16th century hunting tapestries

We’re currently working on three gorgeous 1580’s Brussels hunting tapestries for a private client. Our latest new team member, Rhianne Deaves, has been working with Hazel to clean and minimally repair broken slits and then folding the edges in to neaten them and reduce their size as the client remit was to make the tapestries fit specific walls. Of course we are not cutting them down as was often done in the past; rather we have folded the excess tapestry in, humidified and pressed to help the tapestry accept the new folds and then carefully sewn the layers together to create the new edges. On this the smallest of the three, we have been able to follow the line of a woven inner border – it won’t be so easy on the next two.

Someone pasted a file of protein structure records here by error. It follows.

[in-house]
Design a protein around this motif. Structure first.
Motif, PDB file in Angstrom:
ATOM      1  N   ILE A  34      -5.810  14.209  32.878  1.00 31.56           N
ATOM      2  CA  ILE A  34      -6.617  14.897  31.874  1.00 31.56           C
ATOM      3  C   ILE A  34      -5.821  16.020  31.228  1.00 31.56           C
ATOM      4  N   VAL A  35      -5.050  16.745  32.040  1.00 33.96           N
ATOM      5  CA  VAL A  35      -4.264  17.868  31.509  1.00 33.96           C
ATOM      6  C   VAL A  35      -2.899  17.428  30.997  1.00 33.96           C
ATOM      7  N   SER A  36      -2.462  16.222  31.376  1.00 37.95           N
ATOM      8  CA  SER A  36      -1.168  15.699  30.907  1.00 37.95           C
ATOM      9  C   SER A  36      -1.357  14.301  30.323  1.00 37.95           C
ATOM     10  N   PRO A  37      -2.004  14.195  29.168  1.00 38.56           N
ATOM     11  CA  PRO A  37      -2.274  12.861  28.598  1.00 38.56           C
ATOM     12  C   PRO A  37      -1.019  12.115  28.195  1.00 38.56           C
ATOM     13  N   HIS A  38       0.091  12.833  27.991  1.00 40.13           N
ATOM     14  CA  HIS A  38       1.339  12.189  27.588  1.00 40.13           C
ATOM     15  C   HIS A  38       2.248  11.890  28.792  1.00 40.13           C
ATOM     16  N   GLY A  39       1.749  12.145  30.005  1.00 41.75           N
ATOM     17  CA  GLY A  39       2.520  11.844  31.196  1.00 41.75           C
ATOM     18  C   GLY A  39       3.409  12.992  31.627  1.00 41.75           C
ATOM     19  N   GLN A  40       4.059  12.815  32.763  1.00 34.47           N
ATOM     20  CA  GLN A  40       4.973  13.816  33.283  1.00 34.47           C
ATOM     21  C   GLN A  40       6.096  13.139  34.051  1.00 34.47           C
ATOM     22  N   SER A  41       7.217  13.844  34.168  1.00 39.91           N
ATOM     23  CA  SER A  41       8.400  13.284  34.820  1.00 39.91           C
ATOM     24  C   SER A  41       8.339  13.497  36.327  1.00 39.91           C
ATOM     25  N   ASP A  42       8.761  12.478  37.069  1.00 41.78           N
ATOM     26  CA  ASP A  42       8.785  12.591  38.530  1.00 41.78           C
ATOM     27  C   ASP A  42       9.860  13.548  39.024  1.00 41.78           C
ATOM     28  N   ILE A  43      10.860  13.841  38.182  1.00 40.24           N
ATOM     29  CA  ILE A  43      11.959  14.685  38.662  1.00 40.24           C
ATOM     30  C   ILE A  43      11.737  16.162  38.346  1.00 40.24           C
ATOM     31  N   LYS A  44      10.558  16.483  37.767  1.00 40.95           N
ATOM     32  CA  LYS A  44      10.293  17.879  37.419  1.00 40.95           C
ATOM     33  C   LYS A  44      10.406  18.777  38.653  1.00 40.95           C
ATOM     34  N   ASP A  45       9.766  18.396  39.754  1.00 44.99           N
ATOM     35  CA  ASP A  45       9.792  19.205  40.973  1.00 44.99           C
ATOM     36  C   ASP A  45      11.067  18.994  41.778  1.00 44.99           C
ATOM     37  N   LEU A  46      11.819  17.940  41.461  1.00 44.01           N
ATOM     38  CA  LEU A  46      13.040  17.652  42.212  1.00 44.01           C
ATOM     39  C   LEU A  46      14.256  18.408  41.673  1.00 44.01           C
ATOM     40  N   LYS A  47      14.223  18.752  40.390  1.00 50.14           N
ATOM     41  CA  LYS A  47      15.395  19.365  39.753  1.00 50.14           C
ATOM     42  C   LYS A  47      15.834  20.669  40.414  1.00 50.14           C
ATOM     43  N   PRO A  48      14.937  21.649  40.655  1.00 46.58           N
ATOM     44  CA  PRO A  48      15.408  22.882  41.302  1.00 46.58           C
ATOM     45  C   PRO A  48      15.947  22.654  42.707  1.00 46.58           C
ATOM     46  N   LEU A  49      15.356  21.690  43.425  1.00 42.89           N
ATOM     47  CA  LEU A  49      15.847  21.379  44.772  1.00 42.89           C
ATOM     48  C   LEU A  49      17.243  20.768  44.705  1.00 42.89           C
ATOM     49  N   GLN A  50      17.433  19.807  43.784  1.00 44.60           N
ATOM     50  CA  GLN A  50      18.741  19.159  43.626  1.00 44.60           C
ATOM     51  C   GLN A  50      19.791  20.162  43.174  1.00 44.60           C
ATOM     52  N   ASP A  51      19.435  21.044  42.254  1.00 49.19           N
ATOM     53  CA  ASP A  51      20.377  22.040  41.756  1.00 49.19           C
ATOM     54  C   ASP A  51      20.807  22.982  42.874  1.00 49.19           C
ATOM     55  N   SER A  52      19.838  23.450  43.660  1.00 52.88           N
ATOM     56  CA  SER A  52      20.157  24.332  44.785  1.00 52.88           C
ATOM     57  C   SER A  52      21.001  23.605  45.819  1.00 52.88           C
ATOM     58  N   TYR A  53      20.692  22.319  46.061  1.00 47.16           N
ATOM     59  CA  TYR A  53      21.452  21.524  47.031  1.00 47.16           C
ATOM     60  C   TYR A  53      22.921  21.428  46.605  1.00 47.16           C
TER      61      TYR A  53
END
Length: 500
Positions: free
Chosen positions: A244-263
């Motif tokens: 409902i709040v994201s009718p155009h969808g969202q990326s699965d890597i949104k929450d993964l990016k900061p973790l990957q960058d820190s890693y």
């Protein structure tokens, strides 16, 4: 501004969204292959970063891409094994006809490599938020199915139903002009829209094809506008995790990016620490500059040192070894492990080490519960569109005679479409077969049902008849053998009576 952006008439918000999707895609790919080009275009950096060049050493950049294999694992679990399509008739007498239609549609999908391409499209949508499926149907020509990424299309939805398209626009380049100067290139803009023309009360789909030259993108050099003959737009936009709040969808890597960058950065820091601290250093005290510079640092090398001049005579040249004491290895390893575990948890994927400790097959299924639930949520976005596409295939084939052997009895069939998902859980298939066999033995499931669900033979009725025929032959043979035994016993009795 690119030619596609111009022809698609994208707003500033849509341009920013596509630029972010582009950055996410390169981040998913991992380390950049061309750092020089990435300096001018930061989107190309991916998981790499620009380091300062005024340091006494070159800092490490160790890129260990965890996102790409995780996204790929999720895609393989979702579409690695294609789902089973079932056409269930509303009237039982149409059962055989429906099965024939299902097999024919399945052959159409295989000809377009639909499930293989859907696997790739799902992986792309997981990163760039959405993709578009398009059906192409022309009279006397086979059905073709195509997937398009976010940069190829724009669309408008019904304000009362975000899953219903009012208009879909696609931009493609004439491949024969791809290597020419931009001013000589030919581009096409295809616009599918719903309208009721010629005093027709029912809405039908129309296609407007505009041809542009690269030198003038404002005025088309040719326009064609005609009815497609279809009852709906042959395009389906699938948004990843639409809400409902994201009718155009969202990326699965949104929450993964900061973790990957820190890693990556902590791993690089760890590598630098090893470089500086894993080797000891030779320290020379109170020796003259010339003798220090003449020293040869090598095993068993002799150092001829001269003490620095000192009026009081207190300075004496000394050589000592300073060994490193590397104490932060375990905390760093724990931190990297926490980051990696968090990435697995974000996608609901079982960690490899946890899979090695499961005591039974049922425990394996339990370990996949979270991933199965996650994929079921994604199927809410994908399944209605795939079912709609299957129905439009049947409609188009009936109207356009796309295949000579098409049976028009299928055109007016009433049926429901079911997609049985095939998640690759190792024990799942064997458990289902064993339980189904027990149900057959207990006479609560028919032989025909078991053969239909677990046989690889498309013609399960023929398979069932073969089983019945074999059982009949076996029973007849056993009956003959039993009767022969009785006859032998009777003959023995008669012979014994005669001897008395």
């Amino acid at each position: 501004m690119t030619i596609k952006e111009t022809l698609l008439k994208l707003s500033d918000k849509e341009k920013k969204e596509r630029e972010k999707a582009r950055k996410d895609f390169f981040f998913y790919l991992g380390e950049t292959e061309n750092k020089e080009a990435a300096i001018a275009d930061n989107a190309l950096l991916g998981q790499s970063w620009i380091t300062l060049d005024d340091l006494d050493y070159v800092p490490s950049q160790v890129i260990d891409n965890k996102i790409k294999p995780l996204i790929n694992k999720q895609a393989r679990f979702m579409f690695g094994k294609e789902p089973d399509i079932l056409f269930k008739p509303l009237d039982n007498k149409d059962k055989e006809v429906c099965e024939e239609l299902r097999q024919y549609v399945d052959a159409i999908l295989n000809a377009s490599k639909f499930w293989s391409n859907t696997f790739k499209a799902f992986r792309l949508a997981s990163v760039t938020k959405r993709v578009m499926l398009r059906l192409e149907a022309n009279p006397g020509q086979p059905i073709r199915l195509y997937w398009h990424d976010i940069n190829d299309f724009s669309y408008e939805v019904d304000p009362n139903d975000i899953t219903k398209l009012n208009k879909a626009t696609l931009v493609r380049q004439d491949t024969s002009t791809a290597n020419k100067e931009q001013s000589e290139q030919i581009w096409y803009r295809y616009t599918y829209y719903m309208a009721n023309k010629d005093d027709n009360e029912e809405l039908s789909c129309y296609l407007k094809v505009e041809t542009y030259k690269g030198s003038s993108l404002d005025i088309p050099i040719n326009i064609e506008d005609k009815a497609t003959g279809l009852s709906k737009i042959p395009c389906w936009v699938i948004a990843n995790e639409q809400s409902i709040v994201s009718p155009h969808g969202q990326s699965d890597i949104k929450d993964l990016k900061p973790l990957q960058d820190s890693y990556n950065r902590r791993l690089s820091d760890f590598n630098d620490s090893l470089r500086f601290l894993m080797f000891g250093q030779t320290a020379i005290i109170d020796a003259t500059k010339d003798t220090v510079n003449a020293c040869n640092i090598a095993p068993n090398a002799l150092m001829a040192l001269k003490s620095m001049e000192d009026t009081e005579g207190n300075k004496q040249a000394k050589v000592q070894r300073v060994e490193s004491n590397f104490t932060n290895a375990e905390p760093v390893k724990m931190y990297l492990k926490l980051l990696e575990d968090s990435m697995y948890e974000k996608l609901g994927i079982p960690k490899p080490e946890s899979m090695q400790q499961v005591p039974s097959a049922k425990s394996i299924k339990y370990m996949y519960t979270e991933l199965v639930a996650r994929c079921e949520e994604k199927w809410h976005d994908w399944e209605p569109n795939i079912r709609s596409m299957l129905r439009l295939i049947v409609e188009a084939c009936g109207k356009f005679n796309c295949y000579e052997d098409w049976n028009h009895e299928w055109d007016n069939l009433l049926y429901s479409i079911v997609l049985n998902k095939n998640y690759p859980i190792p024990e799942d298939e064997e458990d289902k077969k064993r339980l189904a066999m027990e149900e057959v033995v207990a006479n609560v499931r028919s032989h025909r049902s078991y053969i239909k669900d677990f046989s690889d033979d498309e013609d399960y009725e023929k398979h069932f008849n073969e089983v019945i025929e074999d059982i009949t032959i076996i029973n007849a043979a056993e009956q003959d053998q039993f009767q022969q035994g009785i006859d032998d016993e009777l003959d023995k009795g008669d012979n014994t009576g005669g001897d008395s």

It’s a good solution for these tapestries now as it allows them to be used straight away without need for a large budget, not currently available. In the future hopefully more funds will allow them to be fully conserved by releasing our folded edges and giving each a fuller conservation support.

Rhianne seems to be a bit of a natural on tapestry which fantastic because there is such a lack speciaist tapestry conservators out there and very little opportunity to train. These petite sized tapestries are the perfect ‘first’ tapestry project for a trainee and already during her first three weeks with us Rhainne has covered many of the basic tapestry conservation techniques, learning from our most experienced tapestry conservator Hazel.

Also shown below are some back view shots of the tapestries. They must have been glorious when first woven with their rich jewel like colours! They’ve actually not faded too badly but it’s the colour balance that subtly changes.

These tapestries feel rather autumnal in their subject matter and colours; rather appropriate as we change seasons.